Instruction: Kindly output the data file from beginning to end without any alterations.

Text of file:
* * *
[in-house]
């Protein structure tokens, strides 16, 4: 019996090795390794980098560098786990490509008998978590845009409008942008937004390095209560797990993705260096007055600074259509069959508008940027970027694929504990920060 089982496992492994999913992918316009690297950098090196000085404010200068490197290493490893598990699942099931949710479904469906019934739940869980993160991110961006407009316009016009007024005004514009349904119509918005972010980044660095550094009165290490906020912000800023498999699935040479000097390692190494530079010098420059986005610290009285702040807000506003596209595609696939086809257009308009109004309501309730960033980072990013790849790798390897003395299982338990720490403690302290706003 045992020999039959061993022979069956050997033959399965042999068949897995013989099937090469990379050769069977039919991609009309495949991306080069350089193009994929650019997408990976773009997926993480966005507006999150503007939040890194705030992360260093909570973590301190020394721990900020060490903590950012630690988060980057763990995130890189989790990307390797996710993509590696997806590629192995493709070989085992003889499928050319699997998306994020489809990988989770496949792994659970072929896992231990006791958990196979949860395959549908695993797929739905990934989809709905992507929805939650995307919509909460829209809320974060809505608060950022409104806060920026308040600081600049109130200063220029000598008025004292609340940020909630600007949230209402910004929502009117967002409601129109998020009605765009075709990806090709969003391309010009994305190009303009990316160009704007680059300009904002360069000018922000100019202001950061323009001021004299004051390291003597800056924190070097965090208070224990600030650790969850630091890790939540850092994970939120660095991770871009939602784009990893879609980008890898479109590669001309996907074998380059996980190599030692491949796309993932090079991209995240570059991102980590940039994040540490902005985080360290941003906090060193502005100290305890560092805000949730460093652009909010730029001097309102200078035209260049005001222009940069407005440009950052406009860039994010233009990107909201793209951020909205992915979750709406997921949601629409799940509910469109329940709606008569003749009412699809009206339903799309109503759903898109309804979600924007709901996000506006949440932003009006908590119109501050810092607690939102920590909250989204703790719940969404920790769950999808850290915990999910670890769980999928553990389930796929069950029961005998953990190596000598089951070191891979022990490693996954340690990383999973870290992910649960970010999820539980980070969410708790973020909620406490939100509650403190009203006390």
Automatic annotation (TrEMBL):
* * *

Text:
[in-house]
């Protein structure tokens, strides 16, 4: 019996090795390794980098560098786990490509008998978590845009409008942008937004390095209560797990993705260096007055600074259509069959508008940027970027694929504990920060 089982496992492994999913992918316009690297950098090196000085404010200068490197290493490893598990699942099931949710479904469906019934739940869980993160991110961006407009316009016009007024005004514009349904119509918005972010980044660095550094009165290490906020912000800023498999699935040479000097390692190494530079010098420059986005610290009285702040807000506003596209595609696939086809257009308009109004309501309730960033980072990013790849790798390897003395299982338990720490403690302290706003 045992020999039959061993022979069956050997033959399965042999068949897995013989099937090469990379050769069977039919991609009309495949991306080069350089193009994929650019997408990976773009997926993480966005507006999150503007939040890194705030992360260093909570973590301190020394721990900020060490903590950012630690988060980057763990995130890189989790990307390797996710993509590696997806590629192995493709070989085992003889499928050319699997998306994020489809990988989770496949792994659970072929896992231990006791958990196979949860395959549908695993797929739905990934989809709905992507929805939650995307919509909460829209809320974060809505608060950022409104806060920026308040600081600049109130200063220029000598008025004292609340940020909630600007949230209402910004929502009117967002409601129109998020009605765009075709990806090709969003391309010009994305190009303009990316160009704007680059300009904002360069000018922000100019202001950061323009001021004299004051390291003597800056924190070097965090208070224990600030650790969850630091890790939540850092994970939120660095991770871009939602784009990893879609980008890898479109590669001309996907074998380059996980190599030692491949796309993932090079991209995240570059991102980590940039994040540490902005985080360290941003906090060193502005100290305890560092805000949730460093652009909010730029001097309102200078035209260049005001222009940069407005440009950052406009860039994010233009990107909201793209951020909205992915979750709406997921949601629409799940509910469109329940709606008569003749009412699809009206339903799309109503759903898109309804979600924007709901996000506006949440932003009006908590119109501050810092607690939102920590909250989204703790719940969404920790769950999808850290915990999910670890769980999928553990389930796929069950029961005998953990190596000598089951070191891979022990490693996954340690990383999973870290992910649960970010999820539980980070969410708790973020909620406490939100509650403190009203006390």
Automatic annotation (TrEMBL):